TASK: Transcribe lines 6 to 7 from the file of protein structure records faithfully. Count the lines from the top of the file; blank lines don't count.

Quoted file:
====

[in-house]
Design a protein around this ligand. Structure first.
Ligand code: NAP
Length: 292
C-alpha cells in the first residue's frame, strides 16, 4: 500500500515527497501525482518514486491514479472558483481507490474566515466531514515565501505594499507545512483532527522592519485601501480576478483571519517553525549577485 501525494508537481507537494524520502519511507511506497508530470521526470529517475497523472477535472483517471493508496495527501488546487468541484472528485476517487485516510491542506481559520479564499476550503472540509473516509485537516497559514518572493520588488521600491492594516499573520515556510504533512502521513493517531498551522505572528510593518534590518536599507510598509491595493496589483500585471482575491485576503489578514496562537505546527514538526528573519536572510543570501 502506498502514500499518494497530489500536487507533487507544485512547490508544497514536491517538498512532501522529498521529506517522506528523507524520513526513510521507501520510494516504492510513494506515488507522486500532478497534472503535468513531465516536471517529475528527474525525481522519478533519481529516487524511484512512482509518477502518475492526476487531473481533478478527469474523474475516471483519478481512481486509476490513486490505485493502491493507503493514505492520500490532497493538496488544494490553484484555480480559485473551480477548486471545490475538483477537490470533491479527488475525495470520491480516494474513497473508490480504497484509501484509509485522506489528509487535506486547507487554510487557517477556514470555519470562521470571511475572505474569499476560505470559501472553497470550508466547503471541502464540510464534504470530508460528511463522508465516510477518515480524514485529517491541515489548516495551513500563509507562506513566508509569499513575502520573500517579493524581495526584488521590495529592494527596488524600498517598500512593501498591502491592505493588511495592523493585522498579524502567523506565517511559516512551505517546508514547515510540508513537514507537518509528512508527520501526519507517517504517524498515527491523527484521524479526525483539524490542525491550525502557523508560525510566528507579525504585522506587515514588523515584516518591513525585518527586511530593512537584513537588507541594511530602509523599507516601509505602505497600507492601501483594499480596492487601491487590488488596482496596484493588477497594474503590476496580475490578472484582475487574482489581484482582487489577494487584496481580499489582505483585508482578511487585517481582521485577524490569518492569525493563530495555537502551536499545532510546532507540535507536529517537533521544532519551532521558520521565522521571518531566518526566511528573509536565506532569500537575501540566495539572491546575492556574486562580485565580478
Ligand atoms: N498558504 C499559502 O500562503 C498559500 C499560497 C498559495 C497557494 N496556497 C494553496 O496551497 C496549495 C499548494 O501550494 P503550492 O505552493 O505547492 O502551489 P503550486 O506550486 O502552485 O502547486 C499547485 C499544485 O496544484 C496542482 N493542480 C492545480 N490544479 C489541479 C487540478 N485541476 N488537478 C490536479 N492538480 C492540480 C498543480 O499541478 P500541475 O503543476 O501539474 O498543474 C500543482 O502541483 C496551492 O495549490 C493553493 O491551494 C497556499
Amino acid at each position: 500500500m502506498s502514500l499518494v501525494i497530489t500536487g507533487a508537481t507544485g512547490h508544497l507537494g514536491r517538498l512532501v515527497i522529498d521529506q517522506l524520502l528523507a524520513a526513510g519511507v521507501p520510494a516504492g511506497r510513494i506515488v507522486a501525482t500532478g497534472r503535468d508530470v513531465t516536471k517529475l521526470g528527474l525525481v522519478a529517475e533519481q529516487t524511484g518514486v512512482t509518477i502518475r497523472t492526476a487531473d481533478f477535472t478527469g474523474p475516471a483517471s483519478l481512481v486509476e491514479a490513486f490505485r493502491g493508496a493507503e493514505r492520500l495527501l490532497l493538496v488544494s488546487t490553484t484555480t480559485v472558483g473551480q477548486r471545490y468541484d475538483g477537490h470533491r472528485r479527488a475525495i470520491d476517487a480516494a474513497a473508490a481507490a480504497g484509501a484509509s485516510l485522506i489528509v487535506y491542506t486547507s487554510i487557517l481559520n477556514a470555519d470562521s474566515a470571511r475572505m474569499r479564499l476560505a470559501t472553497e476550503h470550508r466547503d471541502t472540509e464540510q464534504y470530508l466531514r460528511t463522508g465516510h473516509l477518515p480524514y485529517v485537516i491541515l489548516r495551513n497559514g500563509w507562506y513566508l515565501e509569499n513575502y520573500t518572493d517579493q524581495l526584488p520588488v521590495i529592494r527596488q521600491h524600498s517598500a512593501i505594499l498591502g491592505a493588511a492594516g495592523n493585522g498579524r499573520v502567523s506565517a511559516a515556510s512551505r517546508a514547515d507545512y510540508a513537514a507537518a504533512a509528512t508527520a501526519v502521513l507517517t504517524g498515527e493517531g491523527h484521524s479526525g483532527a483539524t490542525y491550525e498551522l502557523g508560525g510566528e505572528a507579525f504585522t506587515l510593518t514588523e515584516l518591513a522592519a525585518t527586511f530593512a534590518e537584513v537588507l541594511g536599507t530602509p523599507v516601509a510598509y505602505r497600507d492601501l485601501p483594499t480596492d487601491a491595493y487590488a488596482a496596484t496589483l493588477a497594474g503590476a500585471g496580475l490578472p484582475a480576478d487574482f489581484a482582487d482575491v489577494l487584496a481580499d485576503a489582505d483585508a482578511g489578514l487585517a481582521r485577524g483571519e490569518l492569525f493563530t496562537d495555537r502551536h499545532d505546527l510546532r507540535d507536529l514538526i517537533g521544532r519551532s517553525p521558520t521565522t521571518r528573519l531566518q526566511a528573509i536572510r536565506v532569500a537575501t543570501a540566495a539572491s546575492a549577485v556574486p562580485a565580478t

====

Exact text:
Ligand atoms: N498558504 C499559502 O500562503 C498559500 C499560497 C498559495 C497557494 N496556497 C494553496 O496551497 C496549495 C499548494 O501550494 P503550492 O505552493 O505547492 O502551489 P503550486 O506550486 O502552485 O502547486 C499547485 C499544485 O496544484 C496542482 N493542480 C492545480 N490544479 C489541479 C487540478 N485541476 N488537478 C490536479 N492538480 C492540480 C498543480 O499541478 P500541475 O503543476 O501539474 O498543474 C500543482 O502541483 C496551492 O495549490 C493553493 O491551494 C497556499
Amino acid at each position: 500500500m502506498s502514500l499518494v501525494i497530489t500536487g507533487a508537481t507544485g512547490h508544497l507537494g514536491r517538498l512532501v515527497i522529498d521529506q517522506l524520502l528523507a524520513a526513510g519511507v521507501p520510494a516504492g511506497r510513494i506515488v507522486a501525482t500532478g497534472r503535468d508530470v513531465t516536471k517529475l521526470g528527474l525525481v522519478a529517475e533519481q529516487t524511484g518514486v512512482t509518477i502518475r497523472t492526476a487531473d481533478f477535472t478527469g474523474p475516471a483517471s483519478l481512481v486509476e491514479a490513486f490505485r493502491g493508496a493507503e493514505r492520500l495527501l490532497l493538496v488544494s488546487t490553484t484555480t480559485v472558483g473551480q477548486r471545490y468541484d475538483g477537490h470533491r472528485r479527488a475525495i470520491d476517487a480516494a474513497a473508490a481507490a480504497g484509501a484509509s485516510l485522506i489528509v487535506y491542506t486547507s487554510i487557517l481559520n477556514a470555519d470562521s474566515a470571511r475572505m474569499r479564499l476560505a470559501t472553497e476550503h470550508r466547503d471541502t472540509e464540510q464534504y470530508l466531514r460528511t463522508g465516510h473516509l477518515p480524514y485529517v485537516i491541515l489548516r495551513n497559514g500563509w507562506y513566508l515565501e509569499n513575502y520573500t518572493d517579493q524581495l526584488p520588488v521590495i529592494r527596488q521600491h524600498s517598500a512593501i505594499l498591502g491592505a493588511a492594516g495592523n493585522g498579524r499573520v502567523s506565517a511559516a515556510s512551505r517546508a514547515d507545512y510540508a513537514a507537518a504533512a509528512t508527520a501526519v502521513l507517517t504517524g498515527e493517531g491523527h484521524s479526525g483532527a483539524t490542525y491550525e498551522l502557523g508560525g510566528e505572528a507579525f504585522t506587515l510593518t514588523e515584516l518591513a522592519a525585518t527586511f530593512a534590518e537584513v537588507l541594511g536599507t530602509p523599507v516601509a510598509y505602505r497600507d492601501l485601501p483594499t480596492d487601491a491595493y487590488a488596482a496596484t496589483l493588477a497594474g503590476a500585471g496580475l490578472p484582475a480576478d487574482f489581484a482582487d482575491v489577494l487584496a481580499d485576503a489582505d483585508a482578511g489578514l487585517a481582521r485577524g483571519e490569518l492569525f493563530t496562537d495555537r502551536h499545532d505546527l510546532r507540535d507536529l514538526i517537533g521544532r519551532s517553525p521558520t521565522t521571518r528573519l531566518q526566511a528573509i536572510r536565506v532569500a537575501t543570501a540566495a539572491s546575492a549577485v556574486p562580485a565580478t